Sylvia Robinson, the god-mother of popular rap music

Not long after the steam of this underground arts movement caught fire, a lady by the name of Sylvia Robinson, a music industry veteran, founded Sugar Hill Records. She is responsible for executive producing the groundbreaking hit "Rapper's Delight" by the Sugarhill Gang. 

Now what you hear is not a test!!

"Rapper's Delight", released in 1979, was the first chart-topping rap song put out on Robinson's Sugar Hill Records.

We gon' funk you right on up!!

Robinson is also behind "Funk You Up" by the Sequence, the first all-Lady rap trio from Columbia, South Carolina. The South been saying something!!

The Message (1982-10-01/1982-10-01) by Grandmaster Flash & The Furious FiveHipHop2020 Innovation Archive

Don't push me cuz I'm close to the edge!

Robinson is also behind “The Message” by Grandmaster Flash and the Furious Five, the first rap song with explicit social commentary about social politics in the early 80s.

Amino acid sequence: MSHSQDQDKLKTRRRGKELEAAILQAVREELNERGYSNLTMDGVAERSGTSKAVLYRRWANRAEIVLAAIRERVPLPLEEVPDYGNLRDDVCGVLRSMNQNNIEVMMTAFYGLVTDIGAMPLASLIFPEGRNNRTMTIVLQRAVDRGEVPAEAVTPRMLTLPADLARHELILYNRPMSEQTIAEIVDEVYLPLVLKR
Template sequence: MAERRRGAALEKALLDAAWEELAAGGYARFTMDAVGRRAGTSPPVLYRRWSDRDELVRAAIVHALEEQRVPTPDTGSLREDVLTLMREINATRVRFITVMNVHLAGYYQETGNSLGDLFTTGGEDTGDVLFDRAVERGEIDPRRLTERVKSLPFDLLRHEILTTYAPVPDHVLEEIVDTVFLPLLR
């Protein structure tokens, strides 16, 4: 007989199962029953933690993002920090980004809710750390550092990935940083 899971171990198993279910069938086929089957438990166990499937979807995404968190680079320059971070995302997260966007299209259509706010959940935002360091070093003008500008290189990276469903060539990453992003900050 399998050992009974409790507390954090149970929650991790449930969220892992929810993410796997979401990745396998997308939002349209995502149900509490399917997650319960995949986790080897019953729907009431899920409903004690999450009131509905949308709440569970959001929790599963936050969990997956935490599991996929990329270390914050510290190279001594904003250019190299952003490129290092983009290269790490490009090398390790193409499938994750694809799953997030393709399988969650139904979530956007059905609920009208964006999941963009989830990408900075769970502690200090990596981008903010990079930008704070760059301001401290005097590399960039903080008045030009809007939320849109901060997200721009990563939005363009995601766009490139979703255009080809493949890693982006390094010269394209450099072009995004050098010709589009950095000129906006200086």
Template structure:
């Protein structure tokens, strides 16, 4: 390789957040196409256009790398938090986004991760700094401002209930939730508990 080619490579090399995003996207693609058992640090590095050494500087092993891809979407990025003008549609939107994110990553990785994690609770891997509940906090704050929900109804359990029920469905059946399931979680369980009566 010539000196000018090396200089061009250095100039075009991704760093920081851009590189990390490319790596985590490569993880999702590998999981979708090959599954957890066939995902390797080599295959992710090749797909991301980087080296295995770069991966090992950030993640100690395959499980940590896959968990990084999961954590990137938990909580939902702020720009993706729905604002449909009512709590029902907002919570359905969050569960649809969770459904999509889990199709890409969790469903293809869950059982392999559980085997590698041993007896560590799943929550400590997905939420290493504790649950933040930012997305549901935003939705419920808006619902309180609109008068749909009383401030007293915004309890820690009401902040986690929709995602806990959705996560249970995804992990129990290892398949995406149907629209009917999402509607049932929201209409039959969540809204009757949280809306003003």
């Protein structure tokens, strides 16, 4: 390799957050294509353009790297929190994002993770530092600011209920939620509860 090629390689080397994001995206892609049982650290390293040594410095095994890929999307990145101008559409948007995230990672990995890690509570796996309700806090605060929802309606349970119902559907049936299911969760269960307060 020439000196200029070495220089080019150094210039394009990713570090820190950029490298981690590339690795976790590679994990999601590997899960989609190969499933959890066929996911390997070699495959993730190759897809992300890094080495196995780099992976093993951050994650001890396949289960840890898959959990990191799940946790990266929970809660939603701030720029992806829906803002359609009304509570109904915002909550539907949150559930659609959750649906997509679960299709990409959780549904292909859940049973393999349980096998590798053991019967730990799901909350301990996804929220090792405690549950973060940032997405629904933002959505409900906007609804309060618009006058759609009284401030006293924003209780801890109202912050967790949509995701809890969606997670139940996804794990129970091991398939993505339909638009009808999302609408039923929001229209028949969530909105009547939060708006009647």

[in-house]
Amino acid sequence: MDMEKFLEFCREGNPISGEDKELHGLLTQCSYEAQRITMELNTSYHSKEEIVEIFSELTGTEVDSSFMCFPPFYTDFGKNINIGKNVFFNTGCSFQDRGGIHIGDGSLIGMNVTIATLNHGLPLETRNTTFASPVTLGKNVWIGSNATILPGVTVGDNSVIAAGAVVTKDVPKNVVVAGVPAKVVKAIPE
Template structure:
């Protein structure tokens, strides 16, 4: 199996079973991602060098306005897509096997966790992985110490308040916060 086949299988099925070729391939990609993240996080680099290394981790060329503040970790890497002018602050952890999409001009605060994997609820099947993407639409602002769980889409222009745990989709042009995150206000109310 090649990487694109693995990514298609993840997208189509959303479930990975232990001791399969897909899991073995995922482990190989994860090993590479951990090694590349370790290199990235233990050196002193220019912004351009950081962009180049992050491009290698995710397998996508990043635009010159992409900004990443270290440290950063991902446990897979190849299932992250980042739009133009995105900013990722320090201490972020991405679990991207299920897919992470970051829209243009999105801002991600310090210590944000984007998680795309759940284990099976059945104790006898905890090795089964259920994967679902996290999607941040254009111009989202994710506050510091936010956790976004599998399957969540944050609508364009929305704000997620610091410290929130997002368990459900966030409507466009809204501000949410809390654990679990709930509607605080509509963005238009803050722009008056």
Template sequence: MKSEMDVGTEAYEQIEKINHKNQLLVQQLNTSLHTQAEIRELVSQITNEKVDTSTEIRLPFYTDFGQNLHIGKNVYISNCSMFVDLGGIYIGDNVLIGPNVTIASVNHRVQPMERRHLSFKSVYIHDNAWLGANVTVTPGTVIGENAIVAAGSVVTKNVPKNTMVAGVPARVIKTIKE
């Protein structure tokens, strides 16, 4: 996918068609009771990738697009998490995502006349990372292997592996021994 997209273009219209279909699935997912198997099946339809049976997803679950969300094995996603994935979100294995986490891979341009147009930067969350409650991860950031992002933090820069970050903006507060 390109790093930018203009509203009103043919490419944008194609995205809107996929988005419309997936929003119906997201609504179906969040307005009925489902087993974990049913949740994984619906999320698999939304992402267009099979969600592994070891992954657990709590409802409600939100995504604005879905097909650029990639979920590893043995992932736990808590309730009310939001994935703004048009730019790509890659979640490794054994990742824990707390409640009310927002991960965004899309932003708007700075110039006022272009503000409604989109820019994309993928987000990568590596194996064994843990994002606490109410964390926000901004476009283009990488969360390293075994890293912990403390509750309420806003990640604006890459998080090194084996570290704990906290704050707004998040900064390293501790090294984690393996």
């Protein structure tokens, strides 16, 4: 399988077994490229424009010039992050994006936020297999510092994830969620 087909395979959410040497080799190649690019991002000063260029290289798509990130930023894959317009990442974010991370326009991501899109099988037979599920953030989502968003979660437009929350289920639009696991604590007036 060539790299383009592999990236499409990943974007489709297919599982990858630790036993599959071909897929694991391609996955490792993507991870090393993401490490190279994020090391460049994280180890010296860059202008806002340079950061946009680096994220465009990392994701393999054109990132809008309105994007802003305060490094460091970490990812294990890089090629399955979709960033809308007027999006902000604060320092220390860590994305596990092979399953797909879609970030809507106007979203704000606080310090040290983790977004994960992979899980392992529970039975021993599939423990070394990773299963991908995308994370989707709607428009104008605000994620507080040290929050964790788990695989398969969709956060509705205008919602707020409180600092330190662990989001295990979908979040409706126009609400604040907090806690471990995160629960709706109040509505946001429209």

1984 - 1986, The Legend of Lolita "Roxanne Shante'" Gooden

Roxanne Shante, born Lolita Shanté Gooden, is a pioneering rapper from Queensbridge, NY. Gaining fame in the 1980s at the young age of 14 with her hit "Roxanne's Revenge," Gooden played a pivotal role in the "Roxanne Wars" and the rise of the legendary Juice Crew. 

"Roxanne's Revenge"

At 14, Lolita Shante' Gooden, changed Hip Hop with the release of "Roxanne's Revenge" (1984), produced by Marley Marl. The diss record was a response to UTFO's "Roxanne Roxanne", and ultimately launched the most infamous rap battle in Hip Hop history: The Roxanne Wars.

Her raw, unapologetic style and lyrical prowess challenged norms, paving the way for future female MCs in a male-dominated industry.' 

"Roxanne's Revenge" (1984/1984) by Roxanne Shante'HipHop2020 Innovation Archive